Yet gender norms may not always manifest in the same way across specific locations. Captured in the above findings is the dynamic relationship between local cultural norms around sexuality and gender, and sexual and reproductive health provision - which may be overlooked or obscured in research which does not address the nuances of different contexts. In Afar, whilst condom use is stigmatised, the contraceptive pill is more readily available. Key to the changing norms around contraceptive use in Afar is sadah, a cultural dance where adolescents can interact with the opposite sex outside of parental supervision and surveillance. In the past, the risk of losing livestock (as compensation in the event of pregnancy outside of marriage) deterred sexual activity during sadah, but in recent years, adolescents and some district key informants noted that the practice has become more sexualised – made possible by the increased availability of contraception.

Focusing on these ‘mutually constitutive relations among social identities’ [31] generates a number of practical implications for improving practices aimed at addressing poor adolescent health in key areas. Whilst education is not a panacea to health inequalities, the lack of knowledge shown by certain cohorts’ underlines that there is a need for specific measures to include younger and rural adolescent girls in programming. This is particularly the case for information about puberty, as the data shows they are even less likely to be able to access the information they need about their bodies before and during puberty. Even where classes on menstruation in school do exist, they cannot be relied upon to introduce these ideas; they are only introduced at upper primary level, by which point many students will have already started puberty, and many others will have left school altogether (given current high dropout rates found) [41].

The findings around contraceptive knowledge have implications for sexual health strategies which effectively target young people. Concerns about HIV and limited access to services and supplies were widely reported by adult respondents in both rural and urban areas. Migration to cities from rural areas by adolescent boys produces new health challenges because of the exposure to risks that urban life generates, especially regarding substance use and traffic accidents. Several reasons for rising rates of HIV in Amhara and Oromia were cited in the qualitative research, including rural–urban migration having led to changes in relationship structures. Young men who move for work are engaging in risky sexual behaviour in urban areas and then returning home, unaware that they are spreading sexually transmitted illnesses. Migration for work is driven by poverty and lack of opportunities for young men in rural areas. Yet respondents often put the blame for infidelities on mistresses, illustrating the strength of gender norms around sexuality. Unequal health information and outcomes cannot therefore solely be addressed through expanding education and accessibility of health services.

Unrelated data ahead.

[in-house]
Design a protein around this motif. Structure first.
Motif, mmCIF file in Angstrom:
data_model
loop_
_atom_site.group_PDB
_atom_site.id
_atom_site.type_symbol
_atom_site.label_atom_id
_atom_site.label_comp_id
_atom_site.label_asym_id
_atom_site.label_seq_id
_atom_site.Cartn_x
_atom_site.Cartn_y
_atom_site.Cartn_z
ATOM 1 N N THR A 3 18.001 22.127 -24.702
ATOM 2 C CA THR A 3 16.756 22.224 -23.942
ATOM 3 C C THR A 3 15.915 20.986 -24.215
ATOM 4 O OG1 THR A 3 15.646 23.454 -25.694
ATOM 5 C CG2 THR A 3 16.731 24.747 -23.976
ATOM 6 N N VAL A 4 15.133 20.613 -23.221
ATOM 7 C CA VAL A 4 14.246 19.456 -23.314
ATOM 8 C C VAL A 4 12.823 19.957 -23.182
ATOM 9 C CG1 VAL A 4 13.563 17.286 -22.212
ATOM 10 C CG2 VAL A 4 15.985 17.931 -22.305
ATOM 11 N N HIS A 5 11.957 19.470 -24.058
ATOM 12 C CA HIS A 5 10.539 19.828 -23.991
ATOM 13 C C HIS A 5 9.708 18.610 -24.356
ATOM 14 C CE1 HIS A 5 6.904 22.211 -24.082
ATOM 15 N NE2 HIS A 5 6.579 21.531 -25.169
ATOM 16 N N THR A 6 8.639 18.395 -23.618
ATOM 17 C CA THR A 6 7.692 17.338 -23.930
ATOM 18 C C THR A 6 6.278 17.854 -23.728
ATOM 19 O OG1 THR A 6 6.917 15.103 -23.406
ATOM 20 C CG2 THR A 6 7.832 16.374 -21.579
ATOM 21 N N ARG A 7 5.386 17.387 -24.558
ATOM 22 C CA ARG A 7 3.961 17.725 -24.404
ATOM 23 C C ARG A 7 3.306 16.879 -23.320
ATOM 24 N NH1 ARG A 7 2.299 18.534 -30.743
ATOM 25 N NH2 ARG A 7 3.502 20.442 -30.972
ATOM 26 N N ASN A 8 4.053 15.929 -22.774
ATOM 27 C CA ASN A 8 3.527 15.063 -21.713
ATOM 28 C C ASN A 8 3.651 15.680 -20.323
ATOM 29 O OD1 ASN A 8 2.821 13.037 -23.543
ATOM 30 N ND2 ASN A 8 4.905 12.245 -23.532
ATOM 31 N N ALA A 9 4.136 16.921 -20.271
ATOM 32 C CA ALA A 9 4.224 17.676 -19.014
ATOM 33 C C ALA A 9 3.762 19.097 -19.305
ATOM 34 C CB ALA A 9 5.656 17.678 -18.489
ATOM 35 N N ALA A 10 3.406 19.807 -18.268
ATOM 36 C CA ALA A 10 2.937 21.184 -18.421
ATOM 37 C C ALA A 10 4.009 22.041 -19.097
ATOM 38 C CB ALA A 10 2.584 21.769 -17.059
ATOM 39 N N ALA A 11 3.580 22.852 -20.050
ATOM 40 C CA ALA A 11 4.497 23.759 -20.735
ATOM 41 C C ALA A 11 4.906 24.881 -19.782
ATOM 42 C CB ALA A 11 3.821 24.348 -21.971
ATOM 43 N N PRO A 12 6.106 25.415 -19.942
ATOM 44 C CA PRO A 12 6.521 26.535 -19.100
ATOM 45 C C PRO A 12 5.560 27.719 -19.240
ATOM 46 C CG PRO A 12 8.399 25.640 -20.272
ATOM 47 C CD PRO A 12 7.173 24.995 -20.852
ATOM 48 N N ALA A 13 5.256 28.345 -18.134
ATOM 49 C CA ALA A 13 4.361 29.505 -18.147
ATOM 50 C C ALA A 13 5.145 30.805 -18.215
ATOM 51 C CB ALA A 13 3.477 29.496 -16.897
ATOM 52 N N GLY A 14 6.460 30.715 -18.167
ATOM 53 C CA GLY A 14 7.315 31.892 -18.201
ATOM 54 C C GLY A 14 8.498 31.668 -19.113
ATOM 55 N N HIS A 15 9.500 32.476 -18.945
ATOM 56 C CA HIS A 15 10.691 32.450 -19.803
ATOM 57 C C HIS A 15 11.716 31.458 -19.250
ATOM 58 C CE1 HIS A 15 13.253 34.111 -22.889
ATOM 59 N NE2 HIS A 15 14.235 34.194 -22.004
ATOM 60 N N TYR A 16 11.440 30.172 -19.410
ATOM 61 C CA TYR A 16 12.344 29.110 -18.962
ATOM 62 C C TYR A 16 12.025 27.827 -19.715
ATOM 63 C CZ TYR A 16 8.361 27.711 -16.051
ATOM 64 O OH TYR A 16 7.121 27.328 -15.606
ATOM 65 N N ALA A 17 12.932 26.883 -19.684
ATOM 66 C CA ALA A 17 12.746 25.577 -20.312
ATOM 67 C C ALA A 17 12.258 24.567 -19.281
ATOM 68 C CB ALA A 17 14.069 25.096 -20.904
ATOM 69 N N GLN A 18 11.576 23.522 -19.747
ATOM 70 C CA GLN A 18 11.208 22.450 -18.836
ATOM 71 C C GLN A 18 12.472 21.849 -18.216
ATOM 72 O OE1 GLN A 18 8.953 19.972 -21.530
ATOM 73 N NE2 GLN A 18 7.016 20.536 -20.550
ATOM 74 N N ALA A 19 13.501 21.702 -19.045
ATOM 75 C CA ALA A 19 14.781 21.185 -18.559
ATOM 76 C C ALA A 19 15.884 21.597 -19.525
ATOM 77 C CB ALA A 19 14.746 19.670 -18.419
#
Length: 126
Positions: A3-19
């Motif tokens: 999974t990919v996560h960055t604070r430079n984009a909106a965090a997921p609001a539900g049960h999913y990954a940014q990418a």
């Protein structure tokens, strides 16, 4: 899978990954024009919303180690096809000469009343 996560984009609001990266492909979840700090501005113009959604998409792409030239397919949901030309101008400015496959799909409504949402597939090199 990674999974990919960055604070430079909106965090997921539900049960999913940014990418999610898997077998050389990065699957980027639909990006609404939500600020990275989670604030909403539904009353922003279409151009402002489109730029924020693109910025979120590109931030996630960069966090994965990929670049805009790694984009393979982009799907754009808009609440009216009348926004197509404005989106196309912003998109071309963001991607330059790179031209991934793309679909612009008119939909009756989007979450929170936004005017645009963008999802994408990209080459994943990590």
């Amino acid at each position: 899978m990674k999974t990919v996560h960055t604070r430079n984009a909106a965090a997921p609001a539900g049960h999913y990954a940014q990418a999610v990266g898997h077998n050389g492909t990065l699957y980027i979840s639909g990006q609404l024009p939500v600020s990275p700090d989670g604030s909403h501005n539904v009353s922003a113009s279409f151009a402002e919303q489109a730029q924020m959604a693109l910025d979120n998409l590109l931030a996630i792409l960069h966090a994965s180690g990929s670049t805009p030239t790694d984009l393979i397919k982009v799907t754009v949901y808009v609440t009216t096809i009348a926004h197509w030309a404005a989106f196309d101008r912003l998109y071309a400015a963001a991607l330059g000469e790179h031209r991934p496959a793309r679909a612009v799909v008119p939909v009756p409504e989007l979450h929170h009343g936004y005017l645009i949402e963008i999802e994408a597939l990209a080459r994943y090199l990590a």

Working from an intersectional perspective underlines the importance of considering young people not just as individuals at the intersection of different types of inequalities (such as gender, age, disability and location) but also as embedded within networks of relationships. Adolescence is not just a biological change, but a social experience. When it comes to menstrual hygiene management and puberty, for example, these relationships determine whether young people receive accurate and timely information. Yet the research shows that many caregivers, especially in rural areas, lack accurate knowledge and thus cannot advise adolescents, instead reproducing harmful and stigmatising ideas about gender and sexuality. Menstruation is sometimes associated with being sexually active; this puts off younger girls in particular from approaching caregivers to ask for information about puberty [42]. This means that efforts to promote education and awareness around puberty and menstrual hygiene need to engage with families.